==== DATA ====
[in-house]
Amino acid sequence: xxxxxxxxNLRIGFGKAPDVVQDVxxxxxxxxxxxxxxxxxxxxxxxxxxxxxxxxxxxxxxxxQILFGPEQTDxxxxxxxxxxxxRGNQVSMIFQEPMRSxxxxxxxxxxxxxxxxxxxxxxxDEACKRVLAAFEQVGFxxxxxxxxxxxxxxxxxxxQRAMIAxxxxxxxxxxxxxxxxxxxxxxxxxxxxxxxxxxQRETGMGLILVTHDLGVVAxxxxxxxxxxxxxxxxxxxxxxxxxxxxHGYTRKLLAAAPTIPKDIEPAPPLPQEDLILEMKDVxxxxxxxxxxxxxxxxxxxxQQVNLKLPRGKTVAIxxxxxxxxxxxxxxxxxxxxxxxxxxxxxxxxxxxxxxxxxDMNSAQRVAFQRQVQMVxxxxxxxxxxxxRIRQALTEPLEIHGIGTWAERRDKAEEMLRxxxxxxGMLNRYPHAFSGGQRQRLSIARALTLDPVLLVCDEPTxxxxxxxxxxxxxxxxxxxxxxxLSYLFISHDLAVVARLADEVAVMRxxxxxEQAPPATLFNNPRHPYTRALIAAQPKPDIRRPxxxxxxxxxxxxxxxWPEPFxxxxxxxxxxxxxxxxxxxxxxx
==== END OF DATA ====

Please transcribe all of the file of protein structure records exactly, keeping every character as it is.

[in-house]
Amino acid sequence: xxxxxxxxNLRIGFGKAPDVVQDVxxxxxxxxxxxxxxxxxxxxxxxxxxxxxxxxxxxxxxxxQILFGPEQTDxxxxxxxxxxxxRGNQVSMIFQEPMRSxxxxxxxxxxxxxxxxxxxxxxxDEACKRVLAAFEQVGFxxxxxxxxxxxxxxxxxxxQRAMIAxxxxxxxxxxxxxxxxxxxxxxxxxxxxxxxxxxQRETGMGLILVTHDLGVVAxxxxxxxxxxxxxxxxxxxxxxxxxxxxHGYTRKLLAAAPTIPKDIEPAPPLPQEDLILEMKDVxxxxxxxxxxxxxxxxxxxxQQVNLKLPRGKTVAIxxxxxxxxxxxxxxxxxxxxxxxxxxxxxxxxxxxxxxxxxDMNSAQRVAFQRQVQMVxxxxxxxxxxxxRIRQALTEPLEIHGIGTWAERRDKAEEMLRxxxxxxGMLNRYPHAFSGGQRQRLSIARALTLDPVLLVCDEPTxxxxxxxxxxxxxxxxxxxxxxxLSYLFISHDLAVVARLADEVAVMRxxxxxEQAPPATLFNNPRHPYTRALIAAQPKPDIRRPxxxxxxxxxxxxxxxWPEPFxxxxxxxxxxxxxxxxxxxxxxx